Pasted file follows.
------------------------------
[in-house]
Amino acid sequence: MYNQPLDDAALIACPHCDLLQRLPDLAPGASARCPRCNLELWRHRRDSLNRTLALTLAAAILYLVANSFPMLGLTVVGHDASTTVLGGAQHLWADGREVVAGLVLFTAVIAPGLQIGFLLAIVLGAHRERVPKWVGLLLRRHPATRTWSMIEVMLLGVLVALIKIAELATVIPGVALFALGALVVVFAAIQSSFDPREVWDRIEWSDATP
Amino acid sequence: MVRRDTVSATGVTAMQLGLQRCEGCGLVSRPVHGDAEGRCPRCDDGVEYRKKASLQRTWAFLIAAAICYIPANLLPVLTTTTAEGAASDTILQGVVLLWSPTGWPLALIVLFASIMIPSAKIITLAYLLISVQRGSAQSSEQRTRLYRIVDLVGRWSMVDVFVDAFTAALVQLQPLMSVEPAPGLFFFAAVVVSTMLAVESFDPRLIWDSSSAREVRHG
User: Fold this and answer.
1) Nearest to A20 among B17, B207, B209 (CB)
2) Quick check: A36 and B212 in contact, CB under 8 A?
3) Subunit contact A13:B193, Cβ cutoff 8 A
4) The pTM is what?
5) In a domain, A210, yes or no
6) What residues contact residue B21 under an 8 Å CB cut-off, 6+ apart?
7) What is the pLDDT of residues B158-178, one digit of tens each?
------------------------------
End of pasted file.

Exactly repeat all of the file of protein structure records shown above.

[in-house]
Amino acid sequence: MYNQPLDDAALIACPHCDLLQRLPDLAPGASARCPRCNLELWRHRRDSLNRTLALTLAAAILYLVANSFPMLGLTVVGHDASTTVLGGAQHLWADGREVVAGLVLFTAVIAPGLQIGFLLAIVLGAHRERVPKWVGLLLRRHPATRTWSMIEVMLLGVLVALIKIAELATVIPGVALFALGALVVVFAAIQSSFDPREVWDRIEWSDATP
Amino acid sequence: MVRRDTVSATGVTAMQLGLQRCEGCGLVSRPVHGDAEGRCPRCDDGVEYRKKASLQRTWAFLIAAAICYIPANLLPVLTTTTAEGAASDTILQGVVLLWSPTGWPLALIVLFASIMIPSAKIITLAYLLISVQRGSAQSSEQRTRLYRIVDLVGRWSMVDVFVDAFTAALVQLQPLMSVEPAPGLFFFAAVVVSTMLAVESFDPRLIWDSSSAREVRHG
User: Fold this and answer.
1) Nearest to A20 among B17, B207, B209 (CB)
2) Quick check: A36 and B212 in contact, CB under 8 A?
3) Subunit contact A13:B193, Cβ cutoff 8 A
4) The pTM is what?
5) In a domain, A210, yes or no
6) What residues contact residue B21 under an 8 Å CB cut-off, 6+ apart?
7) What is the pLDDT of residues B158-178, one digit of tens each?